San Juan Islands & Gulf Islands, 10/17/2019, National Geographic Venture
National Geographic Venture
Today we awoke dockside in the port of the small town of
Friday Harbor on San Juan Island. San Juan Island is the second largest island
in the archipelago, and is enjoyed for its beautiful scenery and marine and
Tours of the island took guests to San Juan Island National
Historic Park and Lime Kiln State Park, where they explored some of the most
scenic overlooks in the Salish Sea on foot. Others visited a biodynamic organic
farm and learned how locals take sustainability into their own hands by eating
In the afternoon we cruised through the San Juan/Gulf Island
Archipelago spotting wildlife and enjoying the intermittent showers.
Katie Mo started her career as a naturalist on Catalina Island where she taught marine science outdoor education and SCUBA diving. Her passion for conservation biology then led her to pursue a Masters degree in marine science at Western Washington Un...
On our final day aboard National Geographic Venture , we visited Sucia Island and explored its incredible geology and fossils. Formed through thousands and thousands of years of sediment accumulation from glacial silt washing downstream, Sucia Island is home to stunning sandstone sculptures and fossils trapped in time. Located on the northern part of the San Juan Islands, Sucia Island is home to various marine mammals and seabirds alike, with harbor seal haul-outs, gulls, and great blue herons galore. The morning was spent kayaking and taking Zodiacs around the “dirty” waters that give the island its name. Despite the rain, spirits were high, and the feeling of adventure and excitement continued as it has all week. Too bad we will not be back soon to discover all the fungi and mycelium networks that flourished from today’s rainfall! Our afternoon and evening featured hiking to Fossil Beach to observe traces of the ancient life that once thrived in this region. With emotional and pun-filled recaps, a final delicious dinner, and one last trip down memory lane during our guest slideshow, we couldn’t have asked for a better voyage to complete our Pacific Northwest itinerary. What a treat!
After days of sunshine and warm temperatures, the “raincoast” delivered some authentic fall weather today. The day started with a thick fog as we cruised into Friday Harbor and cleared Customs. By the time we reached Lime Kiln Lighthouse on the west side of San Juan Island, the fog had lifted, giving us picturesque views of the Strait of Juan de Fuca with Vancouver Island silhouetted along the horizon. We were able to tour the gorgeous lighthouse that, in addition to still being operational, serves as an interpretive spot for the southern resident orca whales that frequent the area. In recent years, this unique population of whales has shrunk to 73 individuals due to a variety of reasons, especially decreased salmon populations. In the evening, two members of the Center for Whale Research came aboard to discuss their most recent findings and what must be done to ensure that these intelligent and charismatic animals continue to populate these waters for generations. The San Juan Islands are also home to a little-known piece of U.S./U.K. history. Known as the Pig War, a nonviolent confrontation over the border took place between the two countries. It was settled after much dispute. For twelve years, American and British camps occupied opposite sides of the island until an arbitrator ruled in favor of the Americans, and the border was drawn in Haro Strait, west of San Juan Island. The sites of the two camps are now national parks, and the eerie fog that drifted up the treeless hills added to the overall environment, reminding us that, despite the dry weather, fall and Halloween are right around the corner.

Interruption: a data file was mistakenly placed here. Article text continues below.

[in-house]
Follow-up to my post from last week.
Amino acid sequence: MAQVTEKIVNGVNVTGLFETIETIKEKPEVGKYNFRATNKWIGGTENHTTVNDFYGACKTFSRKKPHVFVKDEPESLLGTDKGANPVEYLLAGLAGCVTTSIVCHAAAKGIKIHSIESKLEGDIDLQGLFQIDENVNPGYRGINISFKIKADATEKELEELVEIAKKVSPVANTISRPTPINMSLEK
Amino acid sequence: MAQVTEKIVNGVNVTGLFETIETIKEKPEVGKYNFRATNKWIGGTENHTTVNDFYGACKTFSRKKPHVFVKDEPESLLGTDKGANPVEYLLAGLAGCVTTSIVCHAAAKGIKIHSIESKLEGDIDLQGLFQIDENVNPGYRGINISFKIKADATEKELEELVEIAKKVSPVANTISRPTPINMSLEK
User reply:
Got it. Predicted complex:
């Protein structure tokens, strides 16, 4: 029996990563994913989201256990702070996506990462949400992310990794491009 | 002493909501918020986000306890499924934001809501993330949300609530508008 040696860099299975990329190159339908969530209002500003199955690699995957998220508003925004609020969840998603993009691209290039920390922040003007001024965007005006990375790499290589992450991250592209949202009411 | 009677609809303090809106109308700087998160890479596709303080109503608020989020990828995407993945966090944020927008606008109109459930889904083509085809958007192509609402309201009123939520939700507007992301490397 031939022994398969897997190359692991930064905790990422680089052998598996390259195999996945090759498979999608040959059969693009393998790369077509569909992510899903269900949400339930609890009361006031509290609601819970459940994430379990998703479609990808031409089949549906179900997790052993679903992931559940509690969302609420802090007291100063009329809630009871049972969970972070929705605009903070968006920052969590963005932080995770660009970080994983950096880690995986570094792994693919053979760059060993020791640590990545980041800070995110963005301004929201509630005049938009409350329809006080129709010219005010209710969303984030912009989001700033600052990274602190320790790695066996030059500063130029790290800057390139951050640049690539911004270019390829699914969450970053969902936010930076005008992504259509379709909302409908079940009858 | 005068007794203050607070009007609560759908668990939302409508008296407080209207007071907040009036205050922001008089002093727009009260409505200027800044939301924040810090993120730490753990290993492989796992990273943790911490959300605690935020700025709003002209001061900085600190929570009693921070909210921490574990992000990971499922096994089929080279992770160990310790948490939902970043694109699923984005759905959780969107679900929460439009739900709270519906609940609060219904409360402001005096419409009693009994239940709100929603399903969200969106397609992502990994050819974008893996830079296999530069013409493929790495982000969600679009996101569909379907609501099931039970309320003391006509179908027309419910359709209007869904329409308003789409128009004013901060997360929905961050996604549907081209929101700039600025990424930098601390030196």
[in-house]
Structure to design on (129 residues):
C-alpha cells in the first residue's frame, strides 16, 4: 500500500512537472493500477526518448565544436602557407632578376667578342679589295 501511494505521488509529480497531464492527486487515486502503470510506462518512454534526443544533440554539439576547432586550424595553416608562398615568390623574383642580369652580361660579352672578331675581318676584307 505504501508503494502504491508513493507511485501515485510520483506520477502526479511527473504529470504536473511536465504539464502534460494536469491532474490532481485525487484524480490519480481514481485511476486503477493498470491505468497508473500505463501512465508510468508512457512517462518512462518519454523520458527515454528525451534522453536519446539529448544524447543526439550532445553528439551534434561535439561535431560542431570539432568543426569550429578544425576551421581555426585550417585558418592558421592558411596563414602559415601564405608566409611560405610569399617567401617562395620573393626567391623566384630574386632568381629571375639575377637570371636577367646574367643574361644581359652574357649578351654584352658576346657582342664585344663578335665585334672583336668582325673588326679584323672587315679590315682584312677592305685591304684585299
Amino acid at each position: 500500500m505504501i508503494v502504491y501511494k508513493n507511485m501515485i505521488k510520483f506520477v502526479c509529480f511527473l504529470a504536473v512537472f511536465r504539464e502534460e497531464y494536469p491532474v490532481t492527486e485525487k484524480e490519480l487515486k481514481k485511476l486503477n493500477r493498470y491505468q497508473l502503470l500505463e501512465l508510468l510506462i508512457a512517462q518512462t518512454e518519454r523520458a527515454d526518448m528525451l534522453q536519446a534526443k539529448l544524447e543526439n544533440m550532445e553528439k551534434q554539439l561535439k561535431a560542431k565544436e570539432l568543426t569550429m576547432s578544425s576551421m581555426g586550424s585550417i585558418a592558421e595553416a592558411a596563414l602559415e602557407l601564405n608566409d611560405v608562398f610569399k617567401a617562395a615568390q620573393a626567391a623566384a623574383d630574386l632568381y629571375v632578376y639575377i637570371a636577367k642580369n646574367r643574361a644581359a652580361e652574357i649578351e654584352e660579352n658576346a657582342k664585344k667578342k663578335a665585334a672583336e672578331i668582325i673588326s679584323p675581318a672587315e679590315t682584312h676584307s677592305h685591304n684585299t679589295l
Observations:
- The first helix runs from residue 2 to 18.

National Geographic Venture docked on the southern tip of Vancouver Island in Victoria, British Columbia just after 8:00 a.m. this morning. The capital city of British Columbia was named after Queen Victoria of the United Kingdom and, at the time, British North America. Founded in 1843, it is one of the oldest cities in the Pacific Northwest. Known as the “Garden City,” Victoria enjoys a mild maritime climate and is famous for both public and private gardens, which help keep it consistently ranked in the top twenty cities worldwide for quality of life. During the ‘Secret Garden’ tour, guests explored the British Royal Family’s grounds and immaculate gardens. Stunning redwood trees greeted us upon entry, soaring to the sky. The final two gardens were viewed after a recharge stop for coffee and pastries. Time only permitted a maximum of two activities, and there were plenty to choose from. A local historian led a walking tour through downtown Victoria, highlighting the importance of the buildings around us and how they came to be. Some guests donned helmets and saw the city by bicycle, ending at the area’s tallest totem. Still others enjoyed Victoria with a First Nations cultural tour, eating bannock and smoked salmon with Sharon. While staff joined in the fun by touring the city in the morning, the undersea team had a different idea for the afternoon. It seemed no Lindblad dive team had ever explored the underwater area just outside of town. The only barriers to penetrating the waters of Victoria turned out to be time and travel. To overcome the travel barrier, our dedicated dive team pushed a cart nearly a mile to the breakwaters in hopes of helping our guests understand a bit more about what is going on beneath the water in Victoria. While the secrets of what was seen will stay a secret until tomorrow, I can tell you it was a rather incredible scuba dive! We did our best to help everyone conserve a little energy for the cherry on top of our whirlwind visit: a private cocktail hour and viewing of the Robert Bateman Gallery. Robert Bateman has been a longtime friend of Lindblad expeditions, even hosting guests in his private home in the early days. While sampling some delicious sparkling rosé and munching on mushroom-topped chickpea cakes, guests were dazzled as they learned more about the artwork and the artist.